In its opinion in Nassar, the majority focused on the fact that Section 2000e-2(m) refers expressly to "race, color, religion, sex, or national origin," but not to retaliation. The majority contrasted the "motivating factor" language of Section 2000e-2(m) with that of the anti-retaliation provision, Section 2000e-3(a), which provides, instead, that it is an unlawful employment practice to discriminate "because" the employee had opposed discrimination or "because" the employee had participated in a charge or claim of discrimination. The use of "because" was significant to the majority, which relied on Congress' use of the word in the Age Discrimination in Employment Act (ADEA). The Supreme Court held in Gross v. FBL Financial Services, Inc., 557 U.S. 169 (2009), that this language in the ADEA constituted a "but-for" causation standard. See Slip Opinion at 11-12 ("Given the lack of any meaningful textual difference between the text in this statute [Title VII] and the one in Gross, the proper conclusion here, as in Gross, is that Title VII retaliation claims require proof that the desire to retaliate was the 'but-for' cause of the challenged employment action"). In addition, the majority (a) relied on the overall "design and structure" of Title VII as a whole, (b) expressed its desire to protect "the fair and responsible allocation of resources in the judicial and litigation systems" from the increasing number of retaliation claims being filed under Title VII, and (c) rejected the EEOC's longstanding guidance supporting the "motivating factor" causation standard. See Slip Opinion at 13, 18, 20.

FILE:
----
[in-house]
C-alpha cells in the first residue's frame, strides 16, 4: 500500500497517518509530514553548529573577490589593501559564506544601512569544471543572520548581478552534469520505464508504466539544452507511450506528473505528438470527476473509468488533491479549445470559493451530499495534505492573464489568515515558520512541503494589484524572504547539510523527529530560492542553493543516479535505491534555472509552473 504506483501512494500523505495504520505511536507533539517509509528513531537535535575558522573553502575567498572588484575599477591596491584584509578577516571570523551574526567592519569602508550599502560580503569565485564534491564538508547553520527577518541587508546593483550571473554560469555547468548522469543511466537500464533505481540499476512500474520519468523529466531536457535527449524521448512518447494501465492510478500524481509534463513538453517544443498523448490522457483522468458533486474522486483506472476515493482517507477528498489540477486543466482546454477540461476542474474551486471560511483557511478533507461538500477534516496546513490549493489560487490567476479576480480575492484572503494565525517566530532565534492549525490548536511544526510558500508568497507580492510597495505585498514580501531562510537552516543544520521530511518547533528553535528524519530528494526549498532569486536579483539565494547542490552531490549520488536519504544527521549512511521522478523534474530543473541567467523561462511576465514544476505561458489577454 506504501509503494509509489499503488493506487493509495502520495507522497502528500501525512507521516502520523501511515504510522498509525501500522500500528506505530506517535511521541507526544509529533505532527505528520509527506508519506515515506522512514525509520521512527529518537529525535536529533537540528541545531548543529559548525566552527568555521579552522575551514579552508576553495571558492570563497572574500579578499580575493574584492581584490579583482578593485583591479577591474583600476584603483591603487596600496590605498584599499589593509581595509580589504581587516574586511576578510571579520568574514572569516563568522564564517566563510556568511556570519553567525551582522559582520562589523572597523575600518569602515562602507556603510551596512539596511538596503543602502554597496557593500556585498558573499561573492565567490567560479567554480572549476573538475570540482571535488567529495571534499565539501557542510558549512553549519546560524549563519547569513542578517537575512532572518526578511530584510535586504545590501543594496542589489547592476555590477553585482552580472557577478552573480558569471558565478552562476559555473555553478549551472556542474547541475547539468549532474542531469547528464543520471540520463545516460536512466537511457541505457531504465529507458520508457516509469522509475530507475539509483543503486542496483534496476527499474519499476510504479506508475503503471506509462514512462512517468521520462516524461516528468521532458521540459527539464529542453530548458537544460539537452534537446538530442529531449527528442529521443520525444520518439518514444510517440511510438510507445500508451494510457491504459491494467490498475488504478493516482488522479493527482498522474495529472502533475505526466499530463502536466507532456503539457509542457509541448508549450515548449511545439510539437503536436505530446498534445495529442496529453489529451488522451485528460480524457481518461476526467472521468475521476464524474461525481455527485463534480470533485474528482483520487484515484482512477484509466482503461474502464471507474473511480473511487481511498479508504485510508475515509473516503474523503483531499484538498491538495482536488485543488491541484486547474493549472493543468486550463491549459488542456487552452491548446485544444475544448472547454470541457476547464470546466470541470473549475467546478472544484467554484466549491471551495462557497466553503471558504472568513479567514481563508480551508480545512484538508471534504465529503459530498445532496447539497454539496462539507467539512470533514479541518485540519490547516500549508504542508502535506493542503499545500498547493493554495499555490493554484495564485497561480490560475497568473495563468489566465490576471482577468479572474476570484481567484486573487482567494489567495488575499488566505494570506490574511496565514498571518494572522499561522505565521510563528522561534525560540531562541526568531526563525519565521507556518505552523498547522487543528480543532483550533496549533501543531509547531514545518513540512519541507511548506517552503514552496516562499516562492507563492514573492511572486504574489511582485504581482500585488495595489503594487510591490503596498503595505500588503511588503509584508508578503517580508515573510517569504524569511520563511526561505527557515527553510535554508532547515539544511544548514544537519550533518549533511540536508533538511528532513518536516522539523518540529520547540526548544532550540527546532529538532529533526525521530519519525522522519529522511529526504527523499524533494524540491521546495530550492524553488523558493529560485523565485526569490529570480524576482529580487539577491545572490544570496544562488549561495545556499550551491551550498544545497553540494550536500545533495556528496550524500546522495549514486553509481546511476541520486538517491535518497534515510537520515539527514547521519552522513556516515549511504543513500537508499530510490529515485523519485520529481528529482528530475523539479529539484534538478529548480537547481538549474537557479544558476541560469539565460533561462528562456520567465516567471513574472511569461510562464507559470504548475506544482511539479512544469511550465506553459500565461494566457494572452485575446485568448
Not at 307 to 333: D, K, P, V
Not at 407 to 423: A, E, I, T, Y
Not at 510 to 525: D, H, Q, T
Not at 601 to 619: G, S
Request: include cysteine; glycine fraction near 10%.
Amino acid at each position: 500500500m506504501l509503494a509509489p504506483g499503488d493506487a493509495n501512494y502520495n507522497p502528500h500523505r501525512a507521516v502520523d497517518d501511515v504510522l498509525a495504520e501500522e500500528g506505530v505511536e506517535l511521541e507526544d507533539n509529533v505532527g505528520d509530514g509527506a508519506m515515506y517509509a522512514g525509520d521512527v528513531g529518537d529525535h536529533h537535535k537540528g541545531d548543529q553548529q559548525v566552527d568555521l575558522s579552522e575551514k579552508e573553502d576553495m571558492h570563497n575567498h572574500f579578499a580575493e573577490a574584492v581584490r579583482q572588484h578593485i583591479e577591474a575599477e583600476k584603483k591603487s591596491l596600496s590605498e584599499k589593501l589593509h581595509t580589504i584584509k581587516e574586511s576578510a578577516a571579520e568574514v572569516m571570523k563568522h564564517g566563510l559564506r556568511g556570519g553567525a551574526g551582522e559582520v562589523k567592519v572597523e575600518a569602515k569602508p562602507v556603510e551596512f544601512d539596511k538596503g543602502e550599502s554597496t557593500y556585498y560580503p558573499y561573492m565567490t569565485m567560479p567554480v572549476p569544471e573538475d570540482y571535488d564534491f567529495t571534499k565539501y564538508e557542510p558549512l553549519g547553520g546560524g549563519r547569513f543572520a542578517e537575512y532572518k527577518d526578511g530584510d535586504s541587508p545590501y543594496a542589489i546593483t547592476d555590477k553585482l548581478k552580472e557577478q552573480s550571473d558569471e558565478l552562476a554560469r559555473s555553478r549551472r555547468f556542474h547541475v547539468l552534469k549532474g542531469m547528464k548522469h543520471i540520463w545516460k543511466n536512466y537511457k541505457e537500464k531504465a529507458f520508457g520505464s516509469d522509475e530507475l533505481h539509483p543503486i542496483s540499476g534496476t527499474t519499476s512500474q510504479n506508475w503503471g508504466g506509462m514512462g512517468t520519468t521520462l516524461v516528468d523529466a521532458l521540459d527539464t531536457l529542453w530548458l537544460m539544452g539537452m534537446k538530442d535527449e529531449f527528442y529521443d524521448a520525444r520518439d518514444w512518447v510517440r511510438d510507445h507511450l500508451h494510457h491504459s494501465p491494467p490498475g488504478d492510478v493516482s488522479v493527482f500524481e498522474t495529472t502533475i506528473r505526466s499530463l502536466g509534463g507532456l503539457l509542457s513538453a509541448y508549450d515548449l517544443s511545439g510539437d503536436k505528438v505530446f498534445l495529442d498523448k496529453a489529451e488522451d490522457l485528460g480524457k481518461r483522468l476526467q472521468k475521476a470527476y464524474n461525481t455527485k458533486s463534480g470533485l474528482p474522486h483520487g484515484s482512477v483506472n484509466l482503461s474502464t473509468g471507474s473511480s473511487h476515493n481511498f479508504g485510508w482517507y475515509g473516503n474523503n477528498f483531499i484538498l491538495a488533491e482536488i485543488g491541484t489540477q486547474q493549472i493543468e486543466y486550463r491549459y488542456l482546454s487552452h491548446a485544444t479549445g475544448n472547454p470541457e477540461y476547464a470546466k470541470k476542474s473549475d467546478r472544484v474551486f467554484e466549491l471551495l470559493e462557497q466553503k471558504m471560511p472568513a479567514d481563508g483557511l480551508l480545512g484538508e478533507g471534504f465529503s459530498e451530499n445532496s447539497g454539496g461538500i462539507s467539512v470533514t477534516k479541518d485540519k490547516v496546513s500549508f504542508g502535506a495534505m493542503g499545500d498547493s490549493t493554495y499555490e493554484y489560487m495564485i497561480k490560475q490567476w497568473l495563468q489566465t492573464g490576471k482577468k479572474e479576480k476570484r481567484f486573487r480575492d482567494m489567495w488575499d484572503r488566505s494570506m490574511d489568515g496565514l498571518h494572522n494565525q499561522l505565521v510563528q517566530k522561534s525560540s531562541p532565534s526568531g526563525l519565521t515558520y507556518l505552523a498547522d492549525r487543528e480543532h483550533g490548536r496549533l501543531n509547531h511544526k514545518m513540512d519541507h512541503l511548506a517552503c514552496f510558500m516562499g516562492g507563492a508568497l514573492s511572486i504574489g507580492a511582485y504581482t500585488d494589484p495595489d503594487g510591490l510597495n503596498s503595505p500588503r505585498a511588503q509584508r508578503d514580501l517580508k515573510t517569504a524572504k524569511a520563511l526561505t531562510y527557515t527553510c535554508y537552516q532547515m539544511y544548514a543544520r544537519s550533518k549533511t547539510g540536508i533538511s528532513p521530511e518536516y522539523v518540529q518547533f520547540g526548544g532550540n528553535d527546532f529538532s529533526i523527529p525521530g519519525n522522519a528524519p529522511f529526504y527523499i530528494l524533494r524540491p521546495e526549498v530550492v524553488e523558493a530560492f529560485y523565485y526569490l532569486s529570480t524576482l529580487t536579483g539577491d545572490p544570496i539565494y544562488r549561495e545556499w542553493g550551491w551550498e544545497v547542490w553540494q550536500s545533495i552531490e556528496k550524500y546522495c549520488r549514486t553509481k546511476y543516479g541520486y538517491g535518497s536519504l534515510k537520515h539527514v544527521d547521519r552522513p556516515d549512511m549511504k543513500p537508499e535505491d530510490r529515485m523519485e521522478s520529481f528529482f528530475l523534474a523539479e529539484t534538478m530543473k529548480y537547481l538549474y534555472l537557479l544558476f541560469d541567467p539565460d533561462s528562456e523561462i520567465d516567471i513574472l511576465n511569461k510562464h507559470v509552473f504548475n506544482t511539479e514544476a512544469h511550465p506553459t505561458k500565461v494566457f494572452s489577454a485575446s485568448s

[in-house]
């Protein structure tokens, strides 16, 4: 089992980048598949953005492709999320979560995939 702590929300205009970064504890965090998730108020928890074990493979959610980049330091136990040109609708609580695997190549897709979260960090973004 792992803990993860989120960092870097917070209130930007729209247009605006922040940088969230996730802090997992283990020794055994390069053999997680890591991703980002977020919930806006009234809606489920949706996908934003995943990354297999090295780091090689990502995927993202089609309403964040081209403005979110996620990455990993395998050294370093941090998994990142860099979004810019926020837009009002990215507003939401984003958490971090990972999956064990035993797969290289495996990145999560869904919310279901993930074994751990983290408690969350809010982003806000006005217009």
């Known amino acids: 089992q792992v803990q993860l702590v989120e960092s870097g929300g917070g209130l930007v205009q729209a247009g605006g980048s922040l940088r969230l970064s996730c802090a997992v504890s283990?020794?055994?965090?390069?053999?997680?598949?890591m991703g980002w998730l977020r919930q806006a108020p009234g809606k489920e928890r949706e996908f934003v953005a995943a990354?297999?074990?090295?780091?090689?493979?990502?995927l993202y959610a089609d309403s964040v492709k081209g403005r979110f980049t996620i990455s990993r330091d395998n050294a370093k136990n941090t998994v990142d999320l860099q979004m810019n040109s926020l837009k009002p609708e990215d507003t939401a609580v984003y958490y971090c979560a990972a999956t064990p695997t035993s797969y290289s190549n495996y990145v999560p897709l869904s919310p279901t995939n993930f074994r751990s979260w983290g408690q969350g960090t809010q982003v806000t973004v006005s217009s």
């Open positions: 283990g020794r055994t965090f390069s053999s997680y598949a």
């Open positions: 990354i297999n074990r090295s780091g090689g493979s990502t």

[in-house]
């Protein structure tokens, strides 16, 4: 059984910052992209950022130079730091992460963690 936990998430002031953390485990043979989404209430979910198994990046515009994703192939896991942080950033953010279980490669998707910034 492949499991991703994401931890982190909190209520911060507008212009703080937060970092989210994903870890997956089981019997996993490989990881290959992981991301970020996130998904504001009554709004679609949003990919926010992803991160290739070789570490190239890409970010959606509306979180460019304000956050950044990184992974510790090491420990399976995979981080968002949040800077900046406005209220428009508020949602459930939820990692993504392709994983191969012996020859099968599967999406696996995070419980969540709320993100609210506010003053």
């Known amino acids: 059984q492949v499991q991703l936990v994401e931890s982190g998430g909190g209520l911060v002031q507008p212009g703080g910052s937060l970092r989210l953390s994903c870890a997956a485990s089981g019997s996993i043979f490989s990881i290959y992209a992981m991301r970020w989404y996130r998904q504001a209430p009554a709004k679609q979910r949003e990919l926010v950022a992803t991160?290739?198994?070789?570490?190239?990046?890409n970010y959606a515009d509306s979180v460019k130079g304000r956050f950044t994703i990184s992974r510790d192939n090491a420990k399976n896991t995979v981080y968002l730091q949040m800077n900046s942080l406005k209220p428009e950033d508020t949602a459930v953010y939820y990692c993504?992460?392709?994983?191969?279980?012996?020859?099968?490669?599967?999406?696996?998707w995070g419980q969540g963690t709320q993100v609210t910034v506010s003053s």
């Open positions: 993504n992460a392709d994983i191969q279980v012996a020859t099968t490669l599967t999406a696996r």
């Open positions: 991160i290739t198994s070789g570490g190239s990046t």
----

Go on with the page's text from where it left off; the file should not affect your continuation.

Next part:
The dissenting opinion rejected the majority's views entirely. The dissent highlighted the fact that, by its 1991 amendments, Congress intended to "restore and strengthen . . . laws that ban discrimination in employment" following the Price Waterhouse decision. See Dissenting opinion at 10. According to the dissent, there would be no reason to impose a "but-for" standard given this intent. The dissent, like the majority, focused on the language of Section 2000e-2(m). Unlike the majority, however, the dissent relied on the language of that provision referring to "any employment practice," interpreting that phrase to protect broadly against retaliation, as well as other types of discrimination. 

The majority's ruling that the "but-for" causation standard applies to Title VII retaliation claims will make it more difficult for employees to prevail on Title VII retaliation claims -- the "mixed motive" standard rejected by the majority is a far easier standard for employees to satisfy. This dual standard in status-based discrimination cases and retaliation cases will also complicate litigation that includes both types of claims, and will present a challenge to juries in analyzing a plaintiff's burdens under separate and distinct instructions.